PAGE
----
Irritable Bowel Syndrome
Going Natural continued...
Antidepressants for pain: About 25 percent of IBS patients find that
antidepressants (usually given at lower doses than those prescribed for mood
disorders) relieve pain. The best type, says Dr. Talley, depends on your major
symptom: If you suffer from diarrhea, you may do better with an older tricyclic
(Elavil, Norpramin, Tofranil), but if you have constipation, a newer SSRI
(Prozac, Lexapro, Zoloft) may be more effective.
Antidiarrheal drug: If the runs are severe, your doctor can prescribe
alosetron (Lotronex), which blocks the action of the brain chemical serotonin
on the intestine, reducing cramping, pain, and urgency. Because in rare cases
the drug can cause a serious drop in blood flow to the intestine, it's
prescribed under a closely monitored FDA program.
Constipation Rx: Lubiprostone (Amitiza) increases the flow of salty
fluids into the intestine, resulting in easier bowel movements and less stomach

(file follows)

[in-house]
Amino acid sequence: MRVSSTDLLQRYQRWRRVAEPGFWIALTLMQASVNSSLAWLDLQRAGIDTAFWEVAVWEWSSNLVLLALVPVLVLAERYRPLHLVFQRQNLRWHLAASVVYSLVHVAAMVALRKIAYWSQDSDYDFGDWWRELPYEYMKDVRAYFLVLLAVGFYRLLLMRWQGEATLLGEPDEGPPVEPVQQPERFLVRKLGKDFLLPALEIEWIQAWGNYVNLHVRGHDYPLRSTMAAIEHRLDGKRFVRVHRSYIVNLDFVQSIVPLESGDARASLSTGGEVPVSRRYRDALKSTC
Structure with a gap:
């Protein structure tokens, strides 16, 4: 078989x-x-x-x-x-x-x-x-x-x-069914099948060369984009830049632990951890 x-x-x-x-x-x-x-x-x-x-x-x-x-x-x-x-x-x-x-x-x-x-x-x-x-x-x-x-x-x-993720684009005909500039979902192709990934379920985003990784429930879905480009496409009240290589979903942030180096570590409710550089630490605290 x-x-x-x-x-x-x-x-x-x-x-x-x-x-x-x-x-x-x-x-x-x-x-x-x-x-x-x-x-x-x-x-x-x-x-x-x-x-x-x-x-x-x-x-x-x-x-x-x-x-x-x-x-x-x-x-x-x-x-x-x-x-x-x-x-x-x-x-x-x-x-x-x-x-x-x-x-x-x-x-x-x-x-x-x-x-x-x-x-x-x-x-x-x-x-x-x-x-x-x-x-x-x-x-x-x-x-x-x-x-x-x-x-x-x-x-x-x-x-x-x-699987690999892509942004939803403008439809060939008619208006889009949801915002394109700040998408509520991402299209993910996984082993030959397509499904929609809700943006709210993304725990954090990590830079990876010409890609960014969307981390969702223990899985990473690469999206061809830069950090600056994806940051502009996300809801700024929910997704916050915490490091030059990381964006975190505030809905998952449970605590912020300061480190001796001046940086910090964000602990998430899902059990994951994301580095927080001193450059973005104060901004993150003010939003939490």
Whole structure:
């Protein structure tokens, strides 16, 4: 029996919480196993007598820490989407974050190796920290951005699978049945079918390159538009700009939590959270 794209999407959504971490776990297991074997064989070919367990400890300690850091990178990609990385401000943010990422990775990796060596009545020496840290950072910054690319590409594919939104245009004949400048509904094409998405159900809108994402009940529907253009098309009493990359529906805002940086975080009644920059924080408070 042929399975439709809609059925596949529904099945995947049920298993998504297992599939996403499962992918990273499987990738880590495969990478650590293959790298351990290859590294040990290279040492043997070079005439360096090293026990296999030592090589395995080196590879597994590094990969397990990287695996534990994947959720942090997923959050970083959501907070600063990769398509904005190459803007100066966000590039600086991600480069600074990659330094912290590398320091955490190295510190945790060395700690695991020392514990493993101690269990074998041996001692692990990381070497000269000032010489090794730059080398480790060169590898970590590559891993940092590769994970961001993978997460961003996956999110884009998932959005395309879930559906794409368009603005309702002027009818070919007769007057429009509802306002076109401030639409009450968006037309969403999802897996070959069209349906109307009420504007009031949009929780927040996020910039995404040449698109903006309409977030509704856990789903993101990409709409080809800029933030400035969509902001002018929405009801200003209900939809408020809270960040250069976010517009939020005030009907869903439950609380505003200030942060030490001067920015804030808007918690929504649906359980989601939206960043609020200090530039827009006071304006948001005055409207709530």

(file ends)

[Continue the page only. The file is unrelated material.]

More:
pain for about 18 percent of IBS sufferers.
The takeaway: Many IBS treatments — whether dietary shifts, exercise,
alternatives, or prescription drugs — work for only a fraction of patients. But
trying different ones, and combinations, can significantly boost the odds
you'll be helped.
Enjoying a meal without a backlash of unpredictable cramps and bathroom needs
isn't the only challenge for IBS sufferers. Up to 79 percent also cope with
painful heartburn — stomach acids backwashing up the esophagus and into the
throat. Experts increasingly suspect this twofer isn't just bad luck, but
rather one big, interconnected GI disorder. To lessen the blow:
Try an Acid Blocker
Proton pump inhibitors (Nexium, Prilosec, Prevacid) turn off stomach acid,
reducing heartburn. They also may relieve IBS symptoms: In one Greek study, 41
percent of IBS patients reported significant relief after three months of using
an acid blocker.
Cap the Coffee and Cocktails
Both can irritate the lining of the GI tract, triggering heartburn and IBS
symptoms. If cutting back on your morning brew (to one cup) and alcoholic
drinks doesn't provide relief, eliminate them.
Eat on Time
For IBS, you need to watch what you eat; for acid reflux, when is also
key. Schedule dinner for at least two hours before bed, to allow time for food
to travel down through the esophagus to the stomach; that way, acids won't wash
Originally published on May 13, 2009
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